M: It was very difficult. There were two shops in town and nobody wanted to sell to me, so I had a difficult time finding merchandise. I didn't go to Europe to start, but a year after we opened the store, I did go with my husband because he pushed me into buying and going to new places, because we couldn't find anything here. It was really difficult. But my husband pushed me to where I am today and I have to say thanks to him. He just believed in me. He would get into a showroom and he would talk to them while I would look at the collection. By the time I decided to place my order, it was all arranged.

So he schmoozed the designers and the sales reps for you, in a way.

M: He did. And that continued for a long time, until he passed away in 1999. He was the driving force behind everything.

He certainly taught you some important lessons – maybe not so much about style.

M: Yes he did. He did most of the business, and now my boys do it and I just float around.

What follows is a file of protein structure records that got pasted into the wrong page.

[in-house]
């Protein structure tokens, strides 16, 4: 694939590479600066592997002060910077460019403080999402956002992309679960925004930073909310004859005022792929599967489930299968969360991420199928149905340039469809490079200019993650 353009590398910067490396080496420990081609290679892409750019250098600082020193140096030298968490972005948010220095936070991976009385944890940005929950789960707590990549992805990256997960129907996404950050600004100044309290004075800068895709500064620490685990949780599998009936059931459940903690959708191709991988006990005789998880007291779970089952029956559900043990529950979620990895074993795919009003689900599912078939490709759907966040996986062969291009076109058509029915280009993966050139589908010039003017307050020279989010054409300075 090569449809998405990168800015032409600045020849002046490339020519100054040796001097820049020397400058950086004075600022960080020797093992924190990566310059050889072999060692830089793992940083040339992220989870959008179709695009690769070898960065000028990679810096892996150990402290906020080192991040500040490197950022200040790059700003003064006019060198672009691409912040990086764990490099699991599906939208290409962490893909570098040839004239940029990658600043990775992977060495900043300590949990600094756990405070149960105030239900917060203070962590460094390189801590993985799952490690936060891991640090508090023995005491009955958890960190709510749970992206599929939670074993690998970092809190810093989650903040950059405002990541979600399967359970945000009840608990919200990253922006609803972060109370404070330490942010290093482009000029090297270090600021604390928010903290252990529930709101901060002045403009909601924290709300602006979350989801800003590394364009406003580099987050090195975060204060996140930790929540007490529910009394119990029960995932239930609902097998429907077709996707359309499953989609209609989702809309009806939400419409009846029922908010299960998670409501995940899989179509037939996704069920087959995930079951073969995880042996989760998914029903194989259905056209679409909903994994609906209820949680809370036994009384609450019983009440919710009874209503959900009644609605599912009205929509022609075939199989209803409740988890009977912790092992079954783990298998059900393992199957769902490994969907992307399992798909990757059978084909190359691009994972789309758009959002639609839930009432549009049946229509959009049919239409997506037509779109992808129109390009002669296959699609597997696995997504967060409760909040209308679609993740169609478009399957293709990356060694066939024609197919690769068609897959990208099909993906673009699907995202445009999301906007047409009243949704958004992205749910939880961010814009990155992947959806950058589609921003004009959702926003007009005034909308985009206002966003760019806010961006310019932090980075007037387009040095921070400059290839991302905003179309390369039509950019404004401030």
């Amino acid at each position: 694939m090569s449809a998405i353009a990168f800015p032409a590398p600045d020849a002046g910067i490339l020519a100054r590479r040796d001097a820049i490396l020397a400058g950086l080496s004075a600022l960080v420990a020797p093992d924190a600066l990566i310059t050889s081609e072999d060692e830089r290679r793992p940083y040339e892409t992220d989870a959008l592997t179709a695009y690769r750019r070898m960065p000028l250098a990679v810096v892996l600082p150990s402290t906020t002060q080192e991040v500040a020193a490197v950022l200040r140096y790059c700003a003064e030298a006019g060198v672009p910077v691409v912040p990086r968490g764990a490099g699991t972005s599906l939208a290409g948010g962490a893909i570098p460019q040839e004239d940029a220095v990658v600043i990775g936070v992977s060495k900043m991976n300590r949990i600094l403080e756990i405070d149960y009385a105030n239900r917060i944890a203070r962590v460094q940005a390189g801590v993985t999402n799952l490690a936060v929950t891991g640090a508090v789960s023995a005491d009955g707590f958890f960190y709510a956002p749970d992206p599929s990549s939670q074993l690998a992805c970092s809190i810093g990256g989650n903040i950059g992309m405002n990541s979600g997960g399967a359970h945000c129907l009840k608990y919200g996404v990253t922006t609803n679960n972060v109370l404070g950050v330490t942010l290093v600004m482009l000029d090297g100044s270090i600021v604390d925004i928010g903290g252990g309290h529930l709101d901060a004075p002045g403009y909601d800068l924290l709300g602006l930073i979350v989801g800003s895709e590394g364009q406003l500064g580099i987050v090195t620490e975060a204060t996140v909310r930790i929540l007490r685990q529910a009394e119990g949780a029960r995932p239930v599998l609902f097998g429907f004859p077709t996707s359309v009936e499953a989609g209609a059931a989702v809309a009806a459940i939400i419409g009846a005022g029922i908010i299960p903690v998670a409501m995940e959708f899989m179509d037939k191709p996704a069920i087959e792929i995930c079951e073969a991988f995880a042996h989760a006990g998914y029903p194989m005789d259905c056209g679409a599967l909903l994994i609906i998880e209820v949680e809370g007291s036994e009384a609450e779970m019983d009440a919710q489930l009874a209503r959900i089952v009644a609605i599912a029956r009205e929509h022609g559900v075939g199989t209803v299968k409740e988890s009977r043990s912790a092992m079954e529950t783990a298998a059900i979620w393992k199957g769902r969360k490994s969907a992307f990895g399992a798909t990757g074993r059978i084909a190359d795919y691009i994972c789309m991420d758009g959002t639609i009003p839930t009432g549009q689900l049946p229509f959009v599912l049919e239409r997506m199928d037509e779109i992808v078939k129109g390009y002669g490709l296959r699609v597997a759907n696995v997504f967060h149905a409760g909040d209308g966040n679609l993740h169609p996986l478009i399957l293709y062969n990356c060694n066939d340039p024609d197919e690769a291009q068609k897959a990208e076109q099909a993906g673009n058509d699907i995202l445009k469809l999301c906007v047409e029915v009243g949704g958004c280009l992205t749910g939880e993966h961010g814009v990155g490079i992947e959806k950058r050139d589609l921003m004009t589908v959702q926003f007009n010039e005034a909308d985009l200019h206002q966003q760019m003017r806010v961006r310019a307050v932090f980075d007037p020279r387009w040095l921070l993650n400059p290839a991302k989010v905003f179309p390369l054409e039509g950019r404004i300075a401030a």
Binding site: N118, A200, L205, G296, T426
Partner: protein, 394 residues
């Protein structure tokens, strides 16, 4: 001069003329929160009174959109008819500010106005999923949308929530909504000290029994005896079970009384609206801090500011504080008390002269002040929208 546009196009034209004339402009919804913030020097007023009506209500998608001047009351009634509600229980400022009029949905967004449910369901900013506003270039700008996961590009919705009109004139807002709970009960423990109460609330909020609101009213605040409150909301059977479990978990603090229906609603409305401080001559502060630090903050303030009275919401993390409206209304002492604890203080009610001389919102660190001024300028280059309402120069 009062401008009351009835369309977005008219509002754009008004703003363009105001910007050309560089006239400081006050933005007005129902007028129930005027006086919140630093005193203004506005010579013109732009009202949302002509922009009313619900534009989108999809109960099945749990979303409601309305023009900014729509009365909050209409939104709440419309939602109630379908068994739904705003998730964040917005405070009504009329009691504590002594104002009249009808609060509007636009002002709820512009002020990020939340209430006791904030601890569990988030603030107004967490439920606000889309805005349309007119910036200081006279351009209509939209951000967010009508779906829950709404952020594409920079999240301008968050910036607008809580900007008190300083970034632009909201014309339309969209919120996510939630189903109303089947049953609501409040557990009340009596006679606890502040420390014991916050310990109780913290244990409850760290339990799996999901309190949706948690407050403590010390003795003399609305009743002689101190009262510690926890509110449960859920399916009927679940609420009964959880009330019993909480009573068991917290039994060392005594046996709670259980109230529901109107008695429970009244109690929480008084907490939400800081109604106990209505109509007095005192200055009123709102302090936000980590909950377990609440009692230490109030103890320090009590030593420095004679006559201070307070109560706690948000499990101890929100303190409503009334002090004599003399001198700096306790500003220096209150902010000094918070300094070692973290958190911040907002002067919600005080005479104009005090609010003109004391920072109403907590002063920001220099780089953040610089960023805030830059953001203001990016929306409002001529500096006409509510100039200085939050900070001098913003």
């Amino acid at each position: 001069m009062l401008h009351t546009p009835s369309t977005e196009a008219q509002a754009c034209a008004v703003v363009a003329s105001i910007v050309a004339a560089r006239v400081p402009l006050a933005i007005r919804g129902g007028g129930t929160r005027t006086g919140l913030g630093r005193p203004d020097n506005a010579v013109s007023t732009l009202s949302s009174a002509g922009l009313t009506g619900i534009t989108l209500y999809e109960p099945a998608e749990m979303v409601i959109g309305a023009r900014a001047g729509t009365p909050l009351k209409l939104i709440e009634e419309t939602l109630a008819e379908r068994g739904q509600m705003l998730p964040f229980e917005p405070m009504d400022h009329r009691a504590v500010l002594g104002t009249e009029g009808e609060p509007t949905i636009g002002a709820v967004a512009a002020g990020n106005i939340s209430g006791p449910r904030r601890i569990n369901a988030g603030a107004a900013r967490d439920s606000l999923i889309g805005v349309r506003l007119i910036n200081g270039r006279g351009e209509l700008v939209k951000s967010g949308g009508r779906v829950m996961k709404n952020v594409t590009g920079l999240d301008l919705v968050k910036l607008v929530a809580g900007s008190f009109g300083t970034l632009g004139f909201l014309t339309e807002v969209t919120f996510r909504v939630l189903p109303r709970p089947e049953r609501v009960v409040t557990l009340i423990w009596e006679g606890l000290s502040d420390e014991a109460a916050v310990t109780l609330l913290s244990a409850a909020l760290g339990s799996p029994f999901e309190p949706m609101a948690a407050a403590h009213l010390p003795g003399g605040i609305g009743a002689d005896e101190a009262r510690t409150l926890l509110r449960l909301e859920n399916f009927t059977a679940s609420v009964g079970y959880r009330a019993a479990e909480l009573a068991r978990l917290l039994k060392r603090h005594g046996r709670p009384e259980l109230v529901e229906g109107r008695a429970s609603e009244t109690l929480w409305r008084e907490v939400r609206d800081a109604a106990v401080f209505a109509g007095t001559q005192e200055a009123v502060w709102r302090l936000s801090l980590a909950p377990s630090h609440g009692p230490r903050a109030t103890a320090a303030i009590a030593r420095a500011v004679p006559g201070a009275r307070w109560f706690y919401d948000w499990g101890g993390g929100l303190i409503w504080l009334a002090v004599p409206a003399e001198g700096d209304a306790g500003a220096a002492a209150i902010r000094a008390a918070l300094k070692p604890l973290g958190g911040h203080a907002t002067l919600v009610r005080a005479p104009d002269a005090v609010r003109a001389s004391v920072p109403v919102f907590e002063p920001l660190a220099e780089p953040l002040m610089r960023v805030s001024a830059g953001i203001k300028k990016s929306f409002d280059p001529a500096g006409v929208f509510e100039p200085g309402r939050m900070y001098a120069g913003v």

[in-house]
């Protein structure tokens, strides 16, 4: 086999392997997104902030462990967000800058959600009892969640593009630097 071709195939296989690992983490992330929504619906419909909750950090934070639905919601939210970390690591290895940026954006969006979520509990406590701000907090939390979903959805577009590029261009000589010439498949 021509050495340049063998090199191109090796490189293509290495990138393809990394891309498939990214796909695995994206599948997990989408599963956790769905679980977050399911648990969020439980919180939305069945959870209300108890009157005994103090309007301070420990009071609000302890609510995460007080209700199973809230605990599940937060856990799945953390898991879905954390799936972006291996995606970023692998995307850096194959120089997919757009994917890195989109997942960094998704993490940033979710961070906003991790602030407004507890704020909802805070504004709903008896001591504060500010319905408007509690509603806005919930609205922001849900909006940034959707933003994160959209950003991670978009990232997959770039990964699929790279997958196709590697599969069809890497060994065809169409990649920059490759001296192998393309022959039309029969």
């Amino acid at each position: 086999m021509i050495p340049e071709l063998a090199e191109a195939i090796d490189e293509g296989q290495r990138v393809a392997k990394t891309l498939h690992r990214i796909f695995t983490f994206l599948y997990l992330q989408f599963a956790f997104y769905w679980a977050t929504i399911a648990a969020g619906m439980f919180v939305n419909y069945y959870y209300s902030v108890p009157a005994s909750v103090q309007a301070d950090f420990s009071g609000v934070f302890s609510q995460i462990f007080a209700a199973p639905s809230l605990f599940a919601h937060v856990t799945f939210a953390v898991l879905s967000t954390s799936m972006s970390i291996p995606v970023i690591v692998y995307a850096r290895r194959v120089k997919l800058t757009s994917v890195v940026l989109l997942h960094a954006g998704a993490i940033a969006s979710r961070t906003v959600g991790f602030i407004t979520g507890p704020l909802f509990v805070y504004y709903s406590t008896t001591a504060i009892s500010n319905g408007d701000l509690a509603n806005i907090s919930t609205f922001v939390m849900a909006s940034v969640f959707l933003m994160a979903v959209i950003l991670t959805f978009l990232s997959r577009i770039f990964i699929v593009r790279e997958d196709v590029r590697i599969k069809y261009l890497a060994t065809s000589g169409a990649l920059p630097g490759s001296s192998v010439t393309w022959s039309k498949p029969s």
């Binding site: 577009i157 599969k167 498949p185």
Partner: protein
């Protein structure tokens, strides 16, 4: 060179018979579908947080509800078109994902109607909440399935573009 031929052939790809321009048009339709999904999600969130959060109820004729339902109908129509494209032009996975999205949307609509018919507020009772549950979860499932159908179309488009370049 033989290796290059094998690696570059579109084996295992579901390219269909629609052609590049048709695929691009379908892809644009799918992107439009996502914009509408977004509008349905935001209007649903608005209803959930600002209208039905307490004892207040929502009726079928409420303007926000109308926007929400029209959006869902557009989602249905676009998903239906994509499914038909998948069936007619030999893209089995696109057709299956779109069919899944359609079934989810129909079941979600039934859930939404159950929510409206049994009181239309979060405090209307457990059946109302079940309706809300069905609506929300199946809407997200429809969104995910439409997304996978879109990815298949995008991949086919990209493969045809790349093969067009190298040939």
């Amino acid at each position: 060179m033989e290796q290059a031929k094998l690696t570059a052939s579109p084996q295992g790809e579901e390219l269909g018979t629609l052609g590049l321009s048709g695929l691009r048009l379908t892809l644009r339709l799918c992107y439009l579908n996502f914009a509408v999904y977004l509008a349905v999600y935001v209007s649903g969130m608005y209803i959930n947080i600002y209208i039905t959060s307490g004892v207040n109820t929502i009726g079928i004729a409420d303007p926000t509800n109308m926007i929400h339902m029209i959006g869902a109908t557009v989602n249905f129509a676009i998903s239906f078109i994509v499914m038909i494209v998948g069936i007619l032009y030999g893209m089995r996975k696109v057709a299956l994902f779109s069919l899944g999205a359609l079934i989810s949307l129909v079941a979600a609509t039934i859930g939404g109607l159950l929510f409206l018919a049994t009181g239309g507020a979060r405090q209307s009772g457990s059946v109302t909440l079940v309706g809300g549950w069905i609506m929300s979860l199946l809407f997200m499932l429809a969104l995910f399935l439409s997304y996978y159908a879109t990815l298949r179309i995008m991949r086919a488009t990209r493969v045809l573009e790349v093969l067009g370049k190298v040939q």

B: That's how she sees it. But my mother is really involved every day. She's got her hand in all of it. She still does the buying and gives her approval to everything.

What did your mother teach you about style, Ben?

B: Great style is about what makes you feel better and improves your mental well-being. She taught me that it's always important to look good and be chic, and that being elegant is more important than being on trend.

What's been the greatest satisfaction in having this business for so many years?

M: My greatest satisfaction, especially now that we're doing this archives project, has been hearing about these people who have saved their gowns and garments for all these years. It's amazing what I've found out about, how much my things meant to their lives. These clothes that I sold to them 50 years ago that they still have – wedding gowns, cocktail outfits. It's really amazing, and that's been a wonderful thing for me.

B: Women will remember what they wearing at important events in their lives. When we realized how important Milli's role was in their lives, we decided to start collecting these old pieces and archive them. We have about 70 pieces now. The Art Gallery of Hamilton got inspired to host this upcoming exhibit because the point of view isn't about highlighting the designers. It's about highlighting the women who wore the clothes, and about how fashion interacts with our lives. For us, it's all very gratifying.